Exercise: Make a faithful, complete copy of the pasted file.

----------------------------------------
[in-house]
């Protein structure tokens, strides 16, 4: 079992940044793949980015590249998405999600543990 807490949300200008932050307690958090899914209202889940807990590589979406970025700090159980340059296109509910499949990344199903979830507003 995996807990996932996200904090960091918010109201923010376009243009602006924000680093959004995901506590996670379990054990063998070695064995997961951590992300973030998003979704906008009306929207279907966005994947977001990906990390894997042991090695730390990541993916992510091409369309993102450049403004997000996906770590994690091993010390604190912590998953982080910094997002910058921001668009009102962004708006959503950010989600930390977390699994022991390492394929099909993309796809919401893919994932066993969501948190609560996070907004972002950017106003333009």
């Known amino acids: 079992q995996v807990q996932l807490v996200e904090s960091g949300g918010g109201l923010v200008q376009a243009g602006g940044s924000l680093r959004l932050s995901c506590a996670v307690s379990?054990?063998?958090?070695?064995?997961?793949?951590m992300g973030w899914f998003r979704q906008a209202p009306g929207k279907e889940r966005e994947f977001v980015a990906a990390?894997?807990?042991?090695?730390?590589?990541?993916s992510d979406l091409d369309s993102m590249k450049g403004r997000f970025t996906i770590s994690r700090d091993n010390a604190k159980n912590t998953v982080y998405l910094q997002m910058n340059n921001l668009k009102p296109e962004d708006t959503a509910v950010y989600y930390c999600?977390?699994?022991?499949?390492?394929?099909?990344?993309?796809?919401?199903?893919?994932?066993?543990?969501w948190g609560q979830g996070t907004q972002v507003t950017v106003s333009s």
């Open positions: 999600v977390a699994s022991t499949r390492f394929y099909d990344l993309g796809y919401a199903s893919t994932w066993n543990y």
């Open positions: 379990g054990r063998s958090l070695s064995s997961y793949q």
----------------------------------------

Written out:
[in-house]
């Protein structure tokens, strides 16, 4: 079992940044793949980015590249998405999600543990 807490949300200008932050307690958090899914209202889940807990590589979406970025700090159980340059296109509910499949990344199903979830507003 995996807990996932996200904090960091918010109201923010376009243009602006924000680093959004995901506590996670379990054990063998070695064995997961951590992300973030998003979704906008009306929207279907966005994947977001990906990390894997042991090695730390990541993916992510091409369309993102450049403004997000996906770590994690091993010390604190912590998953982080910094997002910058921001668009009102962004708006959503950010989600930390977390699994022991390492394929099909993309796809919401893919994932066993969501948190609560996070907004972002950017106003333009």
């Known amino acids: 079992q995996v807990q996932l807490v996200e904090s960091g949300g918010g109201l923010v200008q376009a243009g602006g940044s924000l680093r959004l932050s995901c506590a996670v307690s379990?054990?063998?958090?070695?064995?997961?793949?951590m992300g973030w899914f998003r979704q906008a209202p009306g929207k279907e889940r966005e994947f977001v980015a990906a990390?894997?807990?042991?090695?730390?590589?990541?993916s992510d979406l091409d369309s993102m590249k450049g403004r997000f970025t996906i770590s994690r700090d091993n010390a604190k159980n912590t998953v982080y998405l910094q997002m910058n340059n921001l668009k009102p296109e962004d708006t959503a509910v950010y989600y930390c999600?977390?699994?022991?499949?390492?394929?099909?990344?993309?796809?919401?199903?893919?994932?066993?543990?969501w948190g609560q979830g996070t907004q972002v507003t950017v106003s333009s």
């Open positions: 999600v977390a699994s022991t499949r390492f394929y099909d990344l993309g796809y919401a199903s893919t994932w066993n543990y």
């Open positions: 379990g054990r063998s958090l070695s064995s997961y793949q």